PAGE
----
People commonly ascribe large effects to having this or that teacher, or this or that classmate. They usually cite some anecdotes from their personal lives for this, but large sample size, systematic data are strongly negative on the idea. This means that to the extent one can measure things, teachers are largely interchangeable in terms of these traits. If the pattern holds up generally, it would suggest that trying to move talent into teaching profession is a bad idea; we should instead actively discourage talented people from going into teaching and let it be done by mediocre people. The talented people should instead go into fields that produce meaningful returns to talent, such as technology-heavy fields.
White et al 2018
- White, E. K., Garon-Carrier, G., Tosto, M. G., Malykh, S. B., Li, X., Kiddle, B., … & Vitaro, F. (2018). Twin classroom dilemma: to study together or separately?. Developmental psychology.
There is little research to date on the academic implications of teaching twins in the same or different classroom. Consequently, it is not clear whether twin classroom separation is associated with positive or negative educational outcomes. As a result, parents and teachers have insufficient evidence to make a well-informed decision when twins start school. This study addresses two research questions: Are there average positive or negative effects of classroom separation? Are twins taught in different classes more different from each other than twins taught in the same class? Twin pairs from two large representative samples from Quebec (Canada) and the United Kingdom were evaluated across a large age range (7 to 16 years) on academic achievement, several cognitive abilities and motivational measures. Our results show almost no sizable positive or negative average effect of classroom separation on twins’ achievement, cognitive ability and motivation. Twin pairs at age 12 (Quebec, Canada) and at age 16 (United Kingdom) were slightly more similar on achievement if placed in the same classroom, with slightly greater similarity among monozygotic twins than dizygotic twins. However, the few effects found were weak, and it remains unclear whether they result from classroom separation or other factors. These results suggest that in terms of educational outcomes, policymakers should not impose rigid guidelines to separate twin pairs during their education. The choice of whether to educate twin pairs together or separately should be up to parents, twins and teachers, in response to twins’ individual needs.
Note: researchers also plotted a few subsets that did produce some effects, but since these are picked because they are anomalous, I won’t repost them here. As can be seen, in the largest case, the effect size was fairly small at 3.6% variance for UK sample at age 16 for math (equivalent to r = 0.2).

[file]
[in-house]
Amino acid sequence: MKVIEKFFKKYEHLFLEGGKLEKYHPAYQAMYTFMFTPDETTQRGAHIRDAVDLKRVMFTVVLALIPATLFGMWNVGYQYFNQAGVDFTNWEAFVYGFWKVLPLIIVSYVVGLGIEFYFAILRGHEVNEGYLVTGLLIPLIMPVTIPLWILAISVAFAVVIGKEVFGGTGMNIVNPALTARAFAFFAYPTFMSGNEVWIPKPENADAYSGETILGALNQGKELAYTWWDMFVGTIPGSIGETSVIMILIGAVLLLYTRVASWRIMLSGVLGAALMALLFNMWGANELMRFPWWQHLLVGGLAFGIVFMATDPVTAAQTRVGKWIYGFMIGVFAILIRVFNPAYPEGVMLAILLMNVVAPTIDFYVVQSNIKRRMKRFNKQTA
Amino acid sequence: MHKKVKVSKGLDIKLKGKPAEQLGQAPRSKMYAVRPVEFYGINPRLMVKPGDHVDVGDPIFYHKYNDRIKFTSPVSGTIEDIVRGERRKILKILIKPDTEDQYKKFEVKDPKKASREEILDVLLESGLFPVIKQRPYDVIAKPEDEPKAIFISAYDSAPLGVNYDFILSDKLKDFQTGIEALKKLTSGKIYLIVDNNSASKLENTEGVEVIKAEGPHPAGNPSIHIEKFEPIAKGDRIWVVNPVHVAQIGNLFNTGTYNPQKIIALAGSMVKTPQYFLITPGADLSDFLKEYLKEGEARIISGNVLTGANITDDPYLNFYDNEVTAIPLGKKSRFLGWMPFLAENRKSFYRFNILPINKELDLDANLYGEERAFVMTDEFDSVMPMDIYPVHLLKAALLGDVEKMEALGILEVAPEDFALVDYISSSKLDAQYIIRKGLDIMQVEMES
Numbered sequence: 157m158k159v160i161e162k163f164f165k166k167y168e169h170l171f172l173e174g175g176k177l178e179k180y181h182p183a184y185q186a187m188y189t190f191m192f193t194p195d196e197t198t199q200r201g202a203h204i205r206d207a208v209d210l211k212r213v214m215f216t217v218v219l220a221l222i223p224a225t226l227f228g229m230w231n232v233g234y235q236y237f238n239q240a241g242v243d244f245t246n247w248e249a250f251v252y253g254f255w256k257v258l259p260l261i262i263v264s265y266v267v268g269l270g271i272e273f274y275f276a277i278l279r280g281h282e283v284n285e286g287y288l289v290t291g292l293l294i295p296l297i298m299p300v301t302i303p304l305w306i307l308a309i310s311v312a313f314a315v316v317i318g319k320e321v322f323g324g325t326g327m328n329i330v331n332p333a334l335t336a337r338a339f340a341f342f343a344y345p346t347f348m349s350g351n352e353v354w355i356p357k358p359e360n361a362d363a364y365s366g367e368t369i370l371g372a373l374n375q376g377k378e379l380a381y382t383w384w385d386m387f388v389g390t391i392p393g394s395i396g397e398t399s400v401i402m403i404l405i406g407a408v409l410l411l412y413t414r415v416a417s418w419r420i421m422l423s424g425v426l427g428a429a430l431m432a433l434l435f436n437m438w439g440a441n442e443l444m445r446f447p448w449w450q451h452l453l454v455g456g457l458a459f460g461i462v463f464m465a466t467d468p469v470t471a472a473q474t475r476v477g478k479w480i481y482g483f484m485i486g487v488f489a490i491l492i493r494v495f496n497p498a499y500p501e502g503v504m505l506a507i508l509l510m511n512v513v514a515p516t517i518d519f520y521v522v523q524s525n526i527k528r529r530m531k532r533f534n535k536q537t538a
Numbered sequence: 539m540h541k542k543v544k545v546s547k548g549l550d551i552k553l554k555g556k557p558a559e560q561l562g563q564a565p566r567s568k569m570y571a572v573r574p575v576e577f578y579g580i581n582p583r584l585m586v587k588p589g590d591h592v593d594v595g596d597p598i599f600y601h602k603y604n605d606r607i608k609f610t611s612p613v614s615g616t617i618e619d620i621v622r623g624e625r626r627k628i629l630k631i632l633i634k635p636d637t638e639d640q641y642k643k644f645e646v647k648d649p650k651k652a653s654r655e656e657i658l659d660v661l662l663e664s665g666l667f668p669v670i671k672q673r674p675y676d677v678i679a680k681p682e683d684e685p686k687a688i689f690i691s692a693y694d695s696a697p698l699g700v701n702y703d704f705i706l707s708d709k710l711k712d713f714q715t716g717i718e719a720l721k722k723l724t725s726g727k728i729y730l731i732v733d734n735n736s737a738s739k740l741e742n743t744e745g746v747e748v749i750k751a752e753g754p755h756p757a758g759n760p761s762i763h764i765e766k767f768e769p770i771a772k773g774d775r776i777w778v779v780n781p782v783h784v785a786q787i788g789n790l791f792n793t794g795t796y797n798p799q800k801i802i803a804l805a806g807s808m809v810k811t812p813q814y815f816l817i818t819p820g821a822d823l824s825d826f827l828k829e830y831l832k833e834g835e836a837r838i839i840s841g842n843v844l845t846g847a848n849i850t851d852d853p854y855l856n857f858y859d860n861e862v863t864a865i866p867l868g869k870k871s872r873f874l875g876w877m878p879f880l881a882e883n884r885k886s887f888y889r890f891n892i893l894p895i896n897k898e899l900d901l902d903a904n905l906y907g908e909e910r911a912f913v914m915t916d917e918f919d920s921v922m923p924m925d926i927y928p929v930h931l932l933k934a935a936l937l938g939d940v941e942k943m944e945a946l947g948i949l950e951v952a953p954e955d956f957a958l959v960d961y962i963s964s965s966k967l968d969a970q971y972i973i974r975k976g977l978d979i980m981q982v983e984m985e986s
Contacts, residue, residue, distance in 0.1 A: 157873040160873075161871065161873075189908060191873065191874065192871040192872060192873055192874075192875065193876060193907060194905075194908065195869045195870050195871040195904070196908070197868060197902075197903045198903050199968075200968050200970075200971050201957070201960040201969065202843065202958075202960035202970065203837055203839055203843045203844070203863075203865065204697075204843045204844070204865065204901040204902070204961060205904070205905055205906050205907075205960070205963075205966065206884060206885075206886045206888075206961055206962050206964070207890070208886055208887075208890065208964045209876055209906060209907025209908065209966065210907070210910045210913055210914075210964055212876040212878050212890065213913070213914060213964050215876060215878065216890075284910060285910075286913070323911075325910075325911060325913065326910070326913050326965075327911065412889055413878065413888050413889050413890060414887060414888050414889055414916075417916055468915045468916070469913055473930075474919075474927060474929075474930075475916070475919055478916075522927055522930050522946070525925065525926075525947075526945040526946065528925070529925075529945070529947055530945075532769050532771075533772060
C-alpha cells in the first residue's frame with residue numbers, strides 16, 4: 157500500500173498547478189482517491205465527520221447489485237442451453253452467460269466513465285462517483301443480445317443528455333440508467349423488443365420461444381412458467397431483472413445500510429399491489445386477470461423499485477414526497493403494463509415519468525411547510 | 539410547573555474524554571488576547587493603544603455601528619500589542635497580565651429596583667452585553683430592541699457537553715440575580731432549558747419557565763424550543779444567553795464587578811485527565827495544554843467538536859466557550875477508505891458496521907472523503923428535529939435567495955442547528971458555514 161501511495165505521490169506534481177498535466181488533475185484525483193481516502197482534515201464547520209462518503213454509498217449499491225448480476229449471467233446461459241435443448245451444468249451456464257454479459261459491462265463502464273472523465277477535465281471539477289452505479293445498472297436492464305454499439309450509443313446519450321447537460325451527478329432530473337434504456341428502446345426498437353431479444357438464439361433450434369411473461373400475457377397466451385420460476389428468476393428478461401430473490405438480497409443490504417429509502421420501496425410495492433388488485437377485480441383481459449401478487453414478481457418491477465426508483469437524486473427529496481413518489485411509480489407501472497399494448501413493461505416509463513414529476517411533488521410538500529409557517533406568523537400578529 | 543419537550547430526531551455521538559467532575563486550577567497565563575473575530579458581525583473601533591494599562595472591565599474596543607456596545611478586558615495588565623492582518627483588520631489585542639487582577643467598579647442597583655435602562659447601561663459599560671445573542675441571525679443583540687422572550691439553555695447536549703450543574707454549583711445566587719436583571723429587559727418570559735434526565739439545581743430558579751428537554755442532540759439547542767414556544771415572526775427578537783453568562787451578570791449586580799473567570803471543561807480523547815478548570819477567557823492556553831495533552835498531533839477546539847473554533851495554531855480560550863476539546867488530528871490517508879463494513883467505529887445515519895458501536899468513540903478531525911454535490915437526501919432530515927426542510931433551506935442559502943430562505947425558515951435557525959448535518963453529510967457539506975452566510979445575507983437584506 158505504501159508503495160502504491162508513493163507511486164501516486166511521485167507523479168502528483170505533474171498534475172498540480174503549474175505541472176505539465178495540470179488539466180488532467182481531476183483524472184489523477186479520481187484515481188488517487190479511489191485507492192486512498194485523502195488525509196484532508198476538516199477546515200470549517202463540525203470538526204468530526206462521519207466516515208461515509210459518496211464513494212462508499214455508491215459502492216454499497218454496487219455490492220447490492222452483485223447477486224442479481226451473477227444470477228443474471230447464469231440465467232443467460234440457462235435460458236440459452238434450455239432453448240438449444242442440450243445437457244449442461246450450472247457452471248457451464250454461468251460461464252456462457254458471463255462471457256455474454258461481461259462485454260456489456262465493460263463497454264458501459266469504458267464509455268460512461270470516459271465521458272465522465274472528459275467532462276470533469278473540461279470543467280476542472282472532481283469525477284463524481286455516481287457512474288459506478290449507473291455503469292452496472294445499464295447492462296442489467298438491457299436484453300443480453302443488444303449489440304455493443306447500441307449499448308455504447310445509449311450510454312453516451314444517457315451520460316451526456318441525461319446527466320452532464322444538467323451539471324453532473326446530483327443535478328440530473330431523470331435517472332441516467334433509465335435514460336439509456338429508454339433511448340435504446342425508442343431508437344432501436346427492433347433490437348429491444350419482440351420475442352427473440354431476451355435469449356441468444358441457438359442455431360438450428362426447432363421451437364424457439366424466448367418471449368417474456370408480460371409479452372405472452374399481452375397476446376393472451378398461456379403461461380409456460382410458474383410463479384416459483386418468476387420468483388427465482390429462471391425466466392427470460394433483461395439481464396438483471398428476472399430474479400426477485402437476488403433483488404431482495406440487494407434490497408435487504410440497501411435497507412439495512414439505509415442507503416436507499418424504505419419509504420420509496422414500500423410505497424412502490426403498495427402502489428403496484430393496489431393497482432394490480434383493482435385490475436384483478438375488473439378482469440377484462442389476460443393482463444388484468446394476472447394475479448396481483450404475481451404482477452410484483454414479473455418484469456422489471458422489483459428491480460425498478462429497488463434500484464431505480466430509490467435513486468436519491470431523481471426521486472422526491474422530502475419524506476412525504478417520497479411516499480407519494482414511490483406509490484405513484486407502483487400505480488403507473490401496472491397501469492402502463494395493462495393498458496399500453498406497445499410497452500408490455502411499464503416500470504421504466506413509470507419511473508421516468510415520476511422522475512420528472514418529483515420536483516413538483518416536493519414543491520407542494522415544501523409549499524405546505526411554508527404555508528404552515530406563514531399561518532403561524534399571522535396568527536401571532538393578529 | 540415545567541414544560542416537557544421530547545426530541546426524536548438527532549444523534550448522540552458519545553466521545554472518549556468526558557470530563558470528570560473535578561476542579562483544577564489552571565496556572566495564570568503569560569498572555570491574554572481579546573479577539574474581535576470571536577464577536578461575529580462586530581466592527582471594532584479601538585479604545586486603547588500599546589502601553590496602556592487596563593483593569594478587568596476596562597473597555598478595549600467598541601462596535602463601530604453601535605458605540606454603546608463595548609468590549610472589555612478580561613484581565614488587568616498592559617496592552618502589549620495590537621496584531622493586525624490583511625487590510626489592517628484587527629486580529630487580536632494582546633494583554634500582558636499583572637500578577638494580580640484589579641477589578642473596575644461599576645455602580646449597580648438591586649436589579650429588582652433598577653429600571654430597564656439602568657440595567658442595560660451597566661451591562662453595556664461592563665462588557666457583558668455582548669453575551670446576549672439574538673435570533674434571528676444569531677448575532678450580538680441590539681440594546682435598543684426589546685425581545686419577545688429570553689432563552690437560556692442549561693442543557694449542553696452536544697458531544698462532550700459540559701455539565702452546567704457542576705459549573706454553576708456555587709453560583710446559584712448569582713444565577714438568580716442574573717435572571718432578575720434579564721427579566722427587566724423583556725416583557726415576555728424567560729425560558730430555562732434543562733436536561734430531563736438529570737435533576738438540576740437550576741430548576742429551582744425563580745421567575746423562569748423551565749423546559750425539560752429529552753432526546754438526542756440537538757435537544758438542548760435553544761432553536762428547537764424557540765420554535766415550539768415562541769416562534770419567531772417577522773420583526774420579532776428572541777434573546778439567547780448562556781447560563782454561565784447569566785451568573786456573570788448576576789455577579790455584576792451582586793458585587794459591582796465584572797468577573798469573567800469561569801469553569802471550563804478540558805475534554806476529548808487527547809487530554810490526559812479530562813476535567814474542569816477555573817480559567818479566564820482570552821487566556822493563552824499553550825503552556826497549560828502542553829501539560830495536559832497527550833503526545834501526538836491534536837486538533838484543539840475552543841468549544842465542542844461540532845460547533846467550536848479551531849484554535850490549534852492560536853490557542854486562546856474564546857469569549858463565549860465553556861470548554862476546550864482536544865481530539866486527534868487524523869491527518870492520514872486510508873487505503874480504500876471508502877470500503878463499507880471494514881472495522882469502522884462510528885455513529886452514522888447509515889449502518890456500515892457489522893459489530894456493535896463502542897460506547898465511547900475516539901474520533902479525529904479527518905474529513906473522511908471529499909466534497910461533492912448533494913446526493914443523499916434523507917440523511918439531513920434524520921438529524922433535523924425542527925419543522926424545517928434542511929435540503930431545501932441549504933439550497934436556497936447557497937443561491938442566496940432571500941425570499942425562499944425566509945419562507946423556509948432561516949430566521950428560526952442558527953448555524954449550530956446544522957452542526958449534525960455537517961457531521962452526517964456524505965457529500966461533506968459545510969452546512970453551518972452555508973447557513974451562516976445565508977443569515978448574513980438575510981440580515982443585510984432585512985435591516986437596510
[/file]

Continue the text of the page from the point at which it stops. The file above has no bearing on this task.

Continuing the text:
Kovas et al 2015
- Kovas, Y., Garon-Carrier, G., Boivin, M., Petrill, S. A., Plomin, R., Malykh, S. B., … & Brendgen, M. (2015). Why children differ in motivation to learn: Insights from over 13,000 twins from 6 countries. Personality and Individual Differences, 80, 51-63.
Little is known about why people differ in their levels of academic motivation. This study explored the etiology of individual differences in enjoyment and self-perceived ability for several school subjects in nearly 13,000 twins aged 9–16 from 6 countries. The results showed a striking consistency across ages, school subjects, and cultures. Contrary to common belief, enjoyment of learning and children’s perceptions of their competence were no less heritable than cognitive ability. Genetic factors explained approximately 40% of the variance and all of the observed twins’ similarity in academic motivation. Shared environmental factors, such as home or classroom, did not contribute to the twin’s similarity in academic motivation. Environmental influences stemmed entirely from individual specific experiences.
Children in different classes did not rate their enjoyment of the subjects or their self-perceived ability less similar than those in same classes, with equal genetic (A), shared (C) and non-shared environmental (E) estimates for the two groups. We also tested the assumption that the effect of the first formal teacher may have a continuous or delayed effect on later motivational levels by splitting the sample at 9 years of age by whether the children were taught by the same or different teacher at age 7. The ACE parameters could be equated when the UK sample was split by whether the twins attended the same versus different classes at age 7. In other words, no class-wide effect on contemporaneous or later levels of enjoyment and self-perceived ability was found (see Table B.4, Table B.5, Table B.6, Table B.7, Table B.8, Table B.9 in the Appendix).